By allowing ads to appear on this site, you support the local businesses who, in turn, support great journalism.
Officials laud end of Whitmore interchange project
What happens when you plan a ribbon cutting to open a new project that isn't ready to be opened? Have it anyway.

Caltrans' District 10 officials held a Friday ribbon cutting ceremony to open up the $41.9 million Whitmore /Highway 99 interchange, acknowledging that work was still ongoing.

The northbound Highway 99 offramp at Whitmore Avenue is expected to open Tuesday. Work on the overpass could extend into next month. Officials decided to have the ceremony after canceling one last month.

Carrie Bowen, Caltrans District 10 director, said the project will alleviate congestion on Whitmore Avenue and increase truck accessibility as well as access to Highway 99. She noted that the project is two months ahead of schedule.

Assemblyman Bill Berryhill said the project has "been a long time in coming," and noted that "It's a great day in Ceres to have this, to help with the flow of traffic. It's changed the whole look of this community."

Berryhill helped get legislation passed in Sacramento to name the new overpass after the Sgt. Howard Stevenson who died on the job in January 2005. Another dedication ceremony is planned once the signs come in, he said.

Stanislaus County Supervisor Jim DeMartini said he was certain that businesses which has suffered during the construction phase would be happy to see the project done and the offramp reopened. "It's like living in a house that you're trying to remodel," said DeMartini.

He said often local governments and residents don't feel like they get their share of tax dollars but that the Whitmore project was an example of the opposite occurring. DeMartini said that he wished the project was technically complete but acknowledged that the Ceres project "went really without much of a hitch."

Taking a jab at the state, DeMartini said that he wished he could offer a framed congratulatory certificate for Mayor Chris Vierra but noted that the "state raided our property tax money... and we had to make some cutbacks."

Vierra thanked all the local governments who helped place the Whitmore project high on the StanCOG priority project list and deferred their share of transportation funds toward the project. That's why Waterford Mayor Charlie Goeken was in attendance.

Vince Harris, executive director StanCOG, said his agency was involved in the project for 10 years and helped protect the funds for the project.

Vierra thanked the many people who worked on the "impressive overpass" and recalled the many years of hard work and dedication. He remembered the days when then City Engineer Joe Hollstein was working up conceptual designs.

"I remember Mr. Hollstein being with us and using what seemed to be onion skin paper, laying down different designs for what you see today," said Vierra.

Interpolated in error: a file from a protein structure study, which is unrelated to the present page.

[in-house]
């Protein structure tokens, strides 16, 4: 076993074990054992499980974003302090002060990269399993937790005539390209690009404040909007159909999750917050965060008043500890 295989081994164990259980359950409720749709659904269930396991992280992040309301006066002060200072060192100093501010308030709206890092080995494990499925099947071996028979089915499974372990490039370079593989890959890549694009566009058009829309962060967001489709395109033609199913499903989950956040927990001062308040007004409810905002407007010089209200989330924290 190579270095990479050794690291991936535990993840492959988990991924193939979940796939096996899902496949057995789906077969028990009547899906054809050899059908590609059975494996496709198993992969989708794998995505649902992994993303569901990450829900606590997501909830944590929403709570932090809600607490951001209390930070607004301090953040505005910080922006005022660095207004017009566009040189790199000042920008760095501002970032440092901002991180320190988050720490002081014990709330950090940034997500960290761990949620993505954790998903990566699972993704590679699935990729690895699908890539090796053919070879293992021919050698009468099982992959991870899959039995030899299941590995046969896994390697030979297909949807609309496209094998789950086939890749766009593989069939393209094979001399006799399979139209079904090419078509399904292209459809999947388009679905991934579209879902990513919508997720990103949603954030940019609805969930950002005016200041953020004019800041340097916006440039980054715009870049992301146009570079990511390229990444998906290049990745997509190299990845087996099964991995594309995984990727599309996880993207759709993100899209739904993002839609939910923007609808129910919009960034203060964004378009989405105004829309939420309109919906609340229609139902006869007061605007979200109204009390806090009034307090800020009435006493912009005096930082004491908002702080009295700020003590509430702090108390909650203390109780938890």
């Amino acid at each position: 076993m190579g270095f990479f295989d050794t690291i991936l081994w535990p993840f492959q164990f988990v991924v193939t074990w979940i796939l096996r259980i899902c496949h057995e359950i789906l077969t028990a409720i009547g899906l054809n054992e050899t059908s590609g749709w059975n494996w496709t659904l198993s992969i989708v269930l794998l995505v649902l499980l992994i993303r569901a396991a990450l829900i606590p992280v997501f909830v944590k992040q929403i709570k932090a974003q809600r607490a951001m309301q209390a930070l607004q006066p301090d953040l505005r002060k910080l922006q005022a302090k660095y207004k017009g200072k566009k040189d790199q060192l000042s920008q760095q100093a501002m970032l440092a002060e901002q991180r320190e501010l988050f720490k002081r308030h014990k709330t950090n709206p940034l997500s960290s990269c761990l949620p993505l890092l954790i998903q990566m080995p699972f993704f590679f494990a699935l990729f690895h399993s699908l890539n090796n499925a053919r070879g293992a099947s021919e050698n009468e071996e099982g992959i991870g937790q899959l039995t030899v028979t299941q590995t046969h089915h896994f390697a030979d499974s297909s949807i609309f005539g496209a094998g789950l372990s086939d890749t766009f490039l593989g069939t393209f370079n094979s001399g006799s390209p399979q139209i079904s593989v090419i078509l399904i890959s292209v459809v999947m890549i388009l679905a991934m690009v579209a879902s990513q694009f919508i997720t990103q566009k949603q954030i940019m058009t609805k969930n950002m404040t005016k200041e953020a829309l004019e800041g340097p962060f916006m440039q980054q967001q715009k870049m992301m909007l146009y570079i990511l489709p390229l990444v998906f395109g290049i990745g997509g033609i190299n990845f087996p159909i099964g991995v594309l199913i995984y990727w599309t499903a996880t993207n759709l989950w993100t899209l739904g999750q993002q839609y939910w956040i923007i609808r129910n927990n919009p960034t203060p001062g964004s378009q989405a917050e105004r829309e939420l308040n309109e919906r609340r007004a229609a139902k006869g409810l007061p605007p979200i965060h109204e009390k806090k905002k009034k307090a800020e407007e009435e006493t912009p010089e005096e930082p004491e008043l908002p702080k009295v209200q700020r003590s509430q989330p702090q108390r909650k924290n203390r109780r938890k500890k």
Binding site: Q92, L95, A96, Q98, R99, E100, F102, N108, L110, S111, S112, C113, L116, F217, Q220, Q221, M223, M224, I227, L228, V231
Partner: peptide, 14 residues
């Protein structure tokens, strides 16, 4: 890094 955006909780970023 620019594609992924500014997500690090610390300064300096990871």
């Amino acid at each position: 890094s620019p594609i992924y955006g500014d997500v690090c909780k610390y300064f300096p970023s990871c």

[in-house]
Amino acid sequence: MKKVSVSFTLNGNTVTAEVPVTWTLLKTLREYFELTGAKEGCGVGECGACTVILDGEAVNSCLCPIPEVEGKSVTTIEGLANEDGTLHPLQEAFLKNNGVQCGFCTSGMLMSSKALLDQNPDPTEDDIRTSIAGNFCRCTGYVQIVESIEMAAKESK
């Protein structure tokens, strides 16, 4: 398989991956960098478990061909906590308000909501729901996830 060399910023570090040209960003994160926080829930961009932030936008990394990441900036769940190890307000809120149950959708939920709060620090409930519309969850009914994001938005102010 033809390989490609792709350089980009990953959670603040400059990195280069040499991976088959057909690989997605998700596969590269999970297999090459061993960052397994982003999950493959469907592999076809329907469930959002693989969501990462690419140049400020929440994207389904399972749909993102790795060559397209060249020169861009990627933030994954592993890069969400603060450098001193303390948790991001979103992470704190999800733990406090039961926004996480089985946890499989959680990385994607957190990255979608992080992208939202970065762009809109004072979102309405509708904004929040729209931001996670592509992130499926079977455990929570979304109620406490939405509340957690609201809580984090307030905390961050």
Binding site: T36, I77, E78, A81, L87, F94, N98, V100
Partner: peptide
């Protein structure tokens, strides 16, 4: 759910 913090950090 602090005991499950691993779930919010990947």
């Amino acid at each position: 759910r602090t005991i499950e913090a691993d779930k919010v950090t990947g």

Ground was broke on the project on Sept. 5, 2008. Nehemiah Construction of Benecia was awarded the $16.4 million contract.

The mayor thanked Ceres citizens and motorists for their patience during the last few years of construction. "I'm sure there were numerous times throughout the project," said Vierra, "when more than one motorist was frustrated with the delays and confusion caused by the rerouting of traffic. However, today we have this impressive new overpass linking both western and eastern portions of our city. The new overpass will not only offer new and improved access onto and off of Highway 99 but also greatly improve the safety of the many young adults who attend Ceres High School on a daily basis."

The project brings to Ceres a new and widened overpass, the widening of Whitmore Avenue between Blaker Road and Central Avenue and reconfigured intersections on both sides of the freeway.

Deputy Police Chief Mike Borges suggested that some out of towners might be confused about how to get on southbound 99 from Whitmore Avenue since the new overpass does not have any southbound onramps. Motorists will still have to travel to the existing onramp near Whitmore Park.

Hollstein, who was in the audience, said there was not sufficient space for a southbound off-ramp without widening and shifting the freeway 60 to 80 feet to the west. To do that, he said, a number of graves would have had to be exhumed and relocated, something he and the city were unwilling to do.

"People are used to what they've here, they've never had a southbound ramp, on or off."

Now retired, Hollstein said the state and city would have to be careful about synchronizing the traffic light for the northbound offramp or backups onto the freeway could occur at peak hours.

Vierra said the city and Caltrans are working out a possible deal to buy the leftover lands between Ceres High School and the Lazy Wheels Mobilehome Park. The city would like to get the land and offer it for private development.

The next big interchange project in the works for Ceres is the Mitchell/Service/99. Officials say it could take decades to plan and fund the project.

Vierra said the city has already started the environmental work and begun the process to buy up right of way.